Thinset mortar is a cement-based product used to adhere ceramic tiles and natural stones to substrate surfaces such as floors and walls. Thinset is manufactured in a range of types, with varying chemicals depending on the type of material the mortar is designed for and whether it is a rapid setting mortar, an epoxy mortar or just a standard cement mortar. Each type has a different curing time associated with it before you can safely grout your tile or natural stone installations.
Fortified Thinset Mortars
Fortified thinset mortar is the standard thinset mortar used in man-made tile installations such as ceramic and porcelain. A latex-modified thinset, this mortar has additives already mixed into the mortar to fortify it; all you need to do is add water according to the manufacturer's instructions to use it. As a standard rule, 24 hours is required before light traffic or grouting can be allowed, although temperature and humidity can change the drying time.
Thinset mortars that are designed to be used for tiles or stones, such as slate, granite, marble or travertine, are multipurpose mortars. Medium-bed (thick) thinsets, multipurpose mortars have additional additives to help them hold up under the weight of natural stone as well as adhere to additional substances, such as plywood, which regular thinset cannot. As with regular fortified thinset, a minimum of 24 hours set time is generally recommended by the manufacturer, although climate can affect the drying time.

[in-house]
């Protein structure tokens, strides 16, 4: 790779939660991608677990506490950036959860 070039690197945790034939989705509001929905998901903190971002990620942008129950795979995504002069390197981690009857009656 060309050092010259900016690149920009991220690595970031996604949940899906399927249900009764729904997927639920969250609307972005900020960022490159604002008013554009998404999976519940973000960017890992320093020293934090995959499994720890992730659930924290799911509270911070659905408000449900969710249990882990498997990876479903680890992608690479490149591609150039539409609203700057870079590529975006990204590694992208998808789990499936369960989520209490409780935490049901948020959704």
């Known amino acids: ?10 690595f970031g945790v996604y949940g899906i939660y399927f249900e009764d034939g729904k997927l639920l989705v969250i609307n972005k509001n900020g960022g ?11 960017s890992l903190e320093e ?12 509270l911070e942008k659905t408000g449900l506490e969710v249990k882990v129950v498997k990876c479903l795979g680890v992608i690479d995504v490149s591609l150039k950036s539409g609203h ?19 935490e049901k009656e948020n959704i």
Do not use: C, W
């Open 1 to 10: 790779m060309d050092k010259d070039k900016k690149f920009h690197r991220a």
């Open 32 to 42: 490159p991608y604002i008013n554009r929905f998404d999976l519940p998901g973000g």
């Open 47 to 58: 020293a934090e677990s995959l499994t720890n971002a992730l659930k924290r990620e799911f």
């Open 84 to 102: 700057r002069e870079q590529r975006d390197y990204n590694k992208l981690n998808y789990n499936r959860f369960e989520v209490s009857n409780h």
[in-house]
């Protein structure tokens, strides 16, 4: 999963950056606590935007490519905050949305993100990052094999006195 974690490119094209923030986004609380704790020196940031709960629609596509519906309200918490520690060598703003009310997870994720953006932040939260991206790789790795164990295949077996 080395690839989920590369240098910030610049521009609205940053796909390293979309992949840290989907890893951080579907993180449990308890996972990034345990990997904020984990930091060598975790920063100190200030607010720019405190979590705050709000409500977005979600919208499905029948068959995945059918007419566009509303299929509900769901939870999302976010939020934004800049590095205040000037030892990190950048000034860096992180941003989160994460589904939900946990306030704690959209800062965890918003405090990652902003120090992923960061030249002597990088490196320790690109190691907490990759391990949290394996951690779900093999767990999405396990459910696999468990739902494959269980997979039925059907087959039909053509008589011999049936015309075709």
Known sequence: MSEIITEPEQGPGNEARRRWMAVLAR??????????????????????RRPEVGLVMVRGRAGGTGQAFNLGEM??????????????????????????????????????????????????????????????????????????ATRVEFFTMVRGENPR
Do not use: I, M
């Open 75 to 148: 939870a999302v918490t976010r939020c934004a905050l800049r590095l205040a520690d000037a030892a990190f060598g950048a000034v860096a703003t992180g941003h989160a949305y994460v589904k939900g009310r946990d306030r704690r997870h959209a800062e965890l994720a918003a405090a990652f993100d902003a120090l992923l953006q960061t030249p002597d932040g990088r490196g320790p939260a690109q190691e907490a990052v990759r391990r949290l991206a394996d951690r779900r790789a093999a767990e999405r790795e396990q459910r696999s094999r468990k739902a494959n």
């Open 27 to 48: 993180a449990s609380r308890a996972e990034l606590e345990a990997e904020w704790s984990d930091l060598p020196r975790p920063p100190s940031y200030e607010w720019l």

Rapid Setting Mortars
Rapid setting mortars are those mortars that are specifically designed to cure over a period of just a few hours in comparison to traditional mortars. A special blend of quick-setting polymers, rapid setting mortars are ideal for repairs or small areas in commercial settings, such as bathroom floors, that need to be completed within a certain amount of time. Grouting can generally be performed roughly two hours after setting your tile or natural stone.
Special mortars designed for commercial applications, epoxy mortars are also used for areas where improved chemical resistance is required, such as in hospital bathrooms, restaurant kitchens and cafeterias. Epoxy mortars are not cement-based mortars; rather, they are two or three-part chemical mortars designed specifically for heavy-duty and chemical-resistant applications. Curing time is based upon temperature and can range from 16 hours to 72 hours before grouting is allowed.
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